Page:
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Hurricanes

Hurricanes

Guys, guess what? Hurricane season just ended! Hurricane season lasts from the beginning of June to the end of November. For those of you who are unaware, hurricanes are the same thing as typhoons and cyclones. The scientific word for a hurricane is a tropical cyclone, and storms are only specifically categorized as hurricanes when they occur in the Atlantic or Pacific Oceans. According to NASA, “Hurricanes are the most violent storms on Earth.” Hurricanes are formed near the equator when moist air is warmed by the ocean and rises, causing a low pressure (think vacuum) area below it. The low pressure area sucks in air from the surrounding areas. This new air is also warmed and rises. Eventually the air will rise high enough that the water it carries condenses into clouds. This continual process forms the vortex of a spinning cloud that can be identified from space, called a hurricane.

Interestingly, NASA notes, “Storms that form north of the equator spin counterclockwise. Storms south of the equator spin clockwise. This difference is because of Earth’s rotation on its axis,” also known as the Coriolis Effect. According to National Geographic, “Hurricanes can stretch over 500 miles in diameter and…reach a height of 9 miles.”  Hurricanes are categorized by their wind speed.

It is very difficult to gain an understanding of the power of these hurricanes just by looking at numbers. Here are some recent hurricanes, their category, and the damage they caused:

  • Category 1: Danger of flying debris to people, large tree branches snapped off, damage to roofs, extensive damage to power lines (e.g. Hurricane Dolly in 2008)
  • Category 2: Older mobile homes destroyed, trees uprooted, lots of flying debris including glass shards, power and water outages for days (e.g. Hurricane Frances in 2004)
  • Category 3: Extensive damage to all homes regardless of age, roof and wall collapses possible, trees uprooted, any unreinforced buildings have the possibility of collapsing, water and power may be out for days to weeks (e.g. Hurricane Ivan in 2004)
  • Category 4: Extensive damage to all homes, large debris flying in the air, structural damage to top floors of apartment building, windows can be blown out of high-rise buildings, resulting in glass falling from several stories up, the amount of uprooted trees can isolate areas, which delays aid (e.g. Hurricane Charley in 2004)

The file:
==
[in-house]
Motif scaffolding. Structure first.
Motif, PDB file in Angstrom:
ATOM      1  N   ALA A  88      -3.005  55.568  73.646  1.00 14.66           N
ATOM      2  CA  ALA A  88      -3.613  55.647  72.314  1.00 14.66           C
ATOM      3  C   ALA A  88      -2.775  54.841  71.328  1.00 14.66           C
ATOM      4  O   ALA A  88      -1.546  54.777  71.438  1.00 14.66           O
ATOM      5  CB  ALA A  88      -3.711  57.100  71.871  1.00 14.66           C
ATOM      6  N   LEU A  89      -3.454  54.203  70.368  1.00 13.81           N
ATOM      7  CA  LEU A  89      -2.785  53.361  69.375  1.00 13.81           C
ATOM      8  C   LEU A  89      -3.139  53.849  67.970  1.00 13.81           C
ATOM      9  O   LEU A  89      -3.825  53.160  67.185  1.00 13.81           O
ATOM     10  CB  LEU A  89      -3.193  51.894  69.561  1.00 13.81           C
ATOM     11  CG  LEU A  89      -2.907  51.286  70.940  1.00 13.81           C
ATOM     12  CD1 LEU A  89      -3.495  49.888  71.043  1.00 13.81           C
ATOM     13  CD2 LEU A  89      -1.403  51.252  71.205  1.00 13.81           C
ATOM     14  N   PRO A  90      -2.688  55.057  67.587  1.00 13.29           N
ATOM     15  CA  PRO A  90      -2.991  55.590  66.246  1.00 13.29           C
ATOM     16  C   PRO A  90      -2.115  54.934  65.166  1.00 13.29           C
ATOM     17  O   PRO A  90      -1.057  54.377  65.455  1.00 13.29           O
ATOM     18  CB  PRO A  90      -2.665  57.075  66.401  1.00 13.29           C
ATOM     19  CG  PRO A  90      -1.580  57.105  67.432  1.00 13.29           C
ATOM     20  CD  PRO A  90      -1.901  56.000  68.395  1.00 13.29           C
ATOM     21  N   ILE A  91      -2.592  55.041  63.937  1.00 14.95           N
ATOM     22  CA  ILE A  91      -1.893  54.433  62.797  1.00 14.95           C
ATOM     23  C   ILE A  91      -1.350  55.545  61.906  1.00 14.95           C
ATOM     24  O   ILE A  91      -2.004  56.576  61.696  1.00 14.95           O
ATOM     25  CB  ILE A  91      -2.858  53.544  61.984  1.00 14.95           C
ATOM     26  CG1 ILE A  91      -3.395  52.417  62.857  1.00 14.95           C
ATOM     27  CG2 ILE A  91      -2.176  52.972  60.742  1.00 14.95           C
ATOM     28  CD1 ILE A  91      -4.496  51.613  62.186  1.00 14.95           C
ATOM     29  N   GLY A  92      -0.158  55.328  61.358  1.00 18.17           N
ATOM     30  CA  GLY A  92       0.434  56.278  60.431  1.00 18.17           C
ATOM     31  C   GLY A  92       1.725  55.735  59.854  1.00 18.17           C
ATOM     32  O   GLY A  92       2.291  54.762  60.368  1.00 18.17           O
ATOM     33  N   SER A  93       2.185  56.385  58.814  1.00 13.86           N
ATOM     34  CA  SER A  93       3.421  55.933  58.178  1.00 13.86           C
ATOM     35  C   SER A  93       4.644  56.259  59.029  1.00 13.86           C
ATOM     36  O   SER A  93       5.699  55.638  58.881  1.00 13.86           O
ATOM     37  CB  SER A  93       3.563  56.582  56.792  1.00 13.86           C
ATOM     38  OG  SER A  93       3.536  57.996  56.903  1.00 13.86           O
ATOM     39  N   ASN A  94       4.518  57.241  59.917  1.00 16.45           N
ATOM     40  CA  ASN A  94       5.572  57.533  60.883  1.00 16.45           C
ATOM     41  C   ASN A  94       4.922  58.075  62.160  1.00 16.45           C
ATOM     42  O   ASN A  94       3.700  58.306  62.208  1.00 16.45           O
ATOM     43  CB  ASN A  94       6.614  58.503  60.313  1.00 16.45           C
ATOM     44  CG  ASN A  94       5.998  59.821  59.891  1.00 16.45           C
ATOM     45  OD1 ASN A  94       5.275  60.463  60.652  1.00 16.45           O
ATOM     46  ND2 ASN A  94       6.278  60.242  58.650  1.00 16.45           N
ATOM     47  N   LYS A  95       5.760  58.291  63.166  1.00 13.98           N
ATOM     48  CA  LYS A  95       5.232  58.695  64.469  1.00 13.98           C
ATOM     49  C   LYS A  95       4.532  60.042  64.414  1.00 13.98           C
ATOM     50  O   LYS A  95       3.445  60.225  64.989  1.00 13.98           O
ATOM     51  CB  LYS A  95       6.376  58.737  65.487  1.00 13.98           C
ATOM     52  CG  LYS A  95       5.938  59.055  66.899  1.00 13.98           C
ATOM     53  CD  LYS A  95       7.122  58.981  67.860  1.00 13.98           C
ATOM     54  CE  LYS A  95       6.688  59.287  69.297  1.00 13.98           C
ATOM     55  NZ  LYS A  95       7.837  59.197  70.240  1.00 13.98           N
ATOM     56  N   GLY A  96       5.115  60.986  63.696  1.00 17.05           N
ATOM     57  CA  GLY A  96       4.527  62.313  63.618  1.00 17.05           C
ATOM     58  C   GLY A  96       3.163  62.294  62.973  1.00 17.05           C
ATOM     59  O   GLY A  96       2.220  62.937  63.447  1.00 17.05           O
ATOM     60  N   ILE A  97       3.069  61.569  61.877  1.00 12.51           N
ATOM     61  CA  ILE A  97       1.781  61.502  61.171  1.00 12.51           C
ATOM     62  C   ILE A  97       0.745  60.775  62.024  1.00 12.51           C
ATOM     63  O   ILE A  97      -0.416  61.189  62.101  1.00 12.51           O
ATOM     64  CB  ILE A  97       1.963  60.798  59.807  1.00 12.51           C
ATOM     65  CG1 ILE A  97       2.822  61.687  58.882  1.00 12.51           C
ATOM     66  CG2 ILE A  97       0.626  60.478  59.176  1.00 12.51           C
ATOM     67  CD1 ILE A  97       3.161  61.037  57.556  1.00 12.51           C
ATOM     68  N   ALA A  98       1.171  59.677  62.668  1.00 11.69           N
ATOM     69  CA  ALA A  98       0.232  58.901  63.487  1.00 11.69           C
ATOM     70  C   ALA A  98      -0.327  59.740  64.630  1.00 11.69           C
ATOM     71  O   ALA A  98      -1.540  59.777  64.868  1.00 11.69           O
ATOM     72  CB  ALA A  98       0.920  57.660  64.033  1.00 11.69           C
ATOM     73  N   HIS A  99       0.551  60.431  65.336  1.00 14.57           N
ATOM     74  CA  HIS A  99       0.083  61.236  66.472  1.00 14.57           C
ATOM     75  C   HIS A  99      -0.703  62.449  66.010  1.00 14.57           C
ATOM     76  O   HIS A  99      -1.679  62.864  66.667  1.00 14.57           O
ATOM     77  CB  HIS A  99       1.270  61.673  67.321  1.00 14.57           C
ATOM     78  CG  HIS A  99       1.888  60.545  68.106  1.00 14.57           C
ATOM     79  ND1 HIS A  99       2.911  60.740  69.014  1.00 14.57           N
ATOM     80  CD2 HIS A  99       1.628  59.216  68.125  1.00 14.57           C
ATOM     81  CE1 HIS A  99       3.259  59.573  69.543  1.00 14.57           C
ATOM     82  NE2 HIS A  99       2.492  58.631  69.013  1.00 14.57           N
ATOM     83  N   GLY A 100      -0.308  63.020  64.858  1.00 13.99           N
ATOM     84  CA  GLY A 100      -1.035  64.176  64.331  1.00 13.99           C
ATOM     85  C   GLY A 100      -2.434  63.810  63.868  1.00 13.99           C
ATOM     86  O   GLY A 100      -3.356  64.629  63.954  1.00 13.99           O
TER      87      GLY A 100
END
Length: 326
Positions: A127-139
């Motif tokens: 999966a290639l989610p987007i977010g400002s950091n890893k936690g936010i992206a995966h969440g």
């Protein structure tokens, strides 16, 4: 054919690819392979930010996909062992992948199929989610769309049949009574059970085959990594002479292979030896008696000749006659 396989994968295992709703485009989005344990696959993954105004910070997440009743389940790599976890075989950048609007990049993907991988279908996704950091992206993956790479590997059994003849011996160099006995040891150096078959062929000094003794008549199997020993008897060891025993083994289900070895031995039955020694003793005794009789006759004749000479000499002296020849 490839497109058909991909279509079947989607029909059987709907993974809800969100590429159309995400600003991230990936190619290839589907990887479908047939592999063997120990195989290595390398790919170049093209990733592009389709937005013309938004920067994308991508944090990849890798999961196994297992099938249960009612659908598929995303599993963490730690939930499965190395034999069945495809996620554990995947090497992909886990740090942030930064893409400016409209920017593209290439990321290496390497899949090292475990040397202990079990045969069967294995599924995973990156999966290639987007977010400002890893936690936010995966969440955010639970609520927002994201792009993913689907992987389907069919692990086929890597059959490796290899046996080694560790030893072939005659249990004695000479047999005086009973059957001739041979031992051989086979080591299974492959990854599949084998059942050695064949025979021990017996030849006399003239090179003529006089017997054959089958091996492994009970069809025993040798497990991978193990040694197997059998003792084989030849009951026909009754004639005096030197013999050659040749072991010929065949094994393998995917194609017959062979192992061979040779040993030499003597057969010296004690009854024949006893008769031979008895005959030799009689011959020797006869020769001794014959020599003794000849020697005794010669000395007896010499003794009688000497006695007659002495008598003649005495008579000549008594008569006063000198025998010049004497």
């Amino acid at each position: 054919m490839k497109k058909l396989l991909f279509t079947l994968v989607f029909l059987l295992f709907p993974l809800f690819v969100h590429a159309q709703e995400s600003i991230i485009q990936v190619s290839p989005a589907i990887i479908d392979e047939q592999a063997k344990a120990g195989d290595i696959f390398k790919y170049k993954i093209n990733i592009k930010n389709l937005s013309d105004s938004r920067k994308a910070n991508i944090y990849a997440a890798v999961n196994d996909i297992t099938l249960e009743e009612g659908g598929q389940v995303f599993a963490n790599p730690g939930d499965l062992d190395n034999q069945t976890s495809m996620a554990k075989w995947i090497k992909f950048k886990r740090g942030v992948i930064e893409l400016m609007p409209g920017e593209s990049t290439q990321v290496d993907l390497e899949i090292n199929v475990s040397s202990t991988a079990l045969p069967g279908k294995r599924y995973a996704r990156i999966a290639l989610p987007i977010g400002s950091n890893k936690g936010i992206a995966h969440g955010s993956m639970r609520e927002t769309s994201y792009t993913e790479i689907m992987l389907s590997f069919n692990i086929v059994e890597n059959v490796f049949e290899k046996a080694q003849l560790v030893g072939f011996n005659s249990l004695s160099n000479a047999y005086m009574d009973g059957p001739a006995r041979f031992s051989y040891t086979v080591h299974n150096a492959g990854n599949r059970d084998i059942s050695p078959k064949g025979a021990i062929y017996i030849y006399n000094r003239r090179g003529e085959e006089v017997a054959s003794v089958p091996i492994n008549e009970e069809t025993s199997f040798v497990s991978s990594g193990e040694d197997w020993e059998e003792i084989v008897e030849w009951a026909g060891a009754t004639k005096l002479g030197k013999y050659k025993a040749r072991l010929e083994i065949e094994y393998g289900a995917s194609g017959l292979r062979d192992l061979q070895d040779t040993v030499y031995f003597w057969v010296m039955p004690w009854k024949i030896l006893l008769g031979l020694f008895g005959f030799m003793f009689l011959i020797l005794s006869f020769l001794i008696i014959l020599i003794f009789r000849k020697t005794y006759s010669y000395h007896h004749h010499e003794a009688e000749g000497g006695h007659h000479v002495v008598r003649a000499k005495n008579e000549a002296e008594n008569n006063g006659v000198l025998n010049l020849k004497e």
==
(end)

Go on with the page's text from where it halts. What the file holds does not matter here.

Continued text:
• Category 5: People at a high risk of being crushed by flying debris even if they are indoors, even reinforced buildings have a high likelihood of failing and collapsing, most of the area will be uninhabitable for weeks to months (e.g. Hurricane Andrew in 1992)

Quick Fact: Hurricane Camille had the highest recorded winds of any hurricane, hitting land at a speed of 190 miles per hour!

Interestingly, despite the awesome damage caused by these powerful winds, most of the damage by hurricanes is caused by the storm surge, a fast rising of the sea resulting in extensive flooding. The fact that the top five deadliest hurricanes in the United States were not Category 5 hurricanes underscores the point that the storm surge that accompanies a hurricane is extremely dangerous.

The Great Galveston Hurricane had a storm surge of 8-15 ft, the Okeechobee Hurricane caused a lake surge on Lake Okeechobee of 6-9 ft, and the infamous Katrina created a storm surge of 25-28 ft along the Mississippi coast. As we can see, hurricanes are amazingly powerful, fascinating storms that should not be trifled with.

 

Bibliography

http://www.aoml.noaa.gov/hrd/tcfaq/D1.html

http://spaceplace.nasa.gov/hurricanes/en/

https://www.youtube.com/watch?v=Wk_FVXVnE2I

https://www.youtube.com/watch?v=zP4rgvu4xDE

http://www.aoml.noaa.gov/hrd/tcfaq/D1.html

http://spaceplace.nasa.gov/hurricanes/en/

http://geology.com/hurricanes/largest-hurricane/

https://www.khanacademy.org/partner-content/nova/clouds/v/hurricanes

https://www.whoi.edu/main/topic/hurricanes

https://en.wikipedia.org/wiki/Tropical_cyclone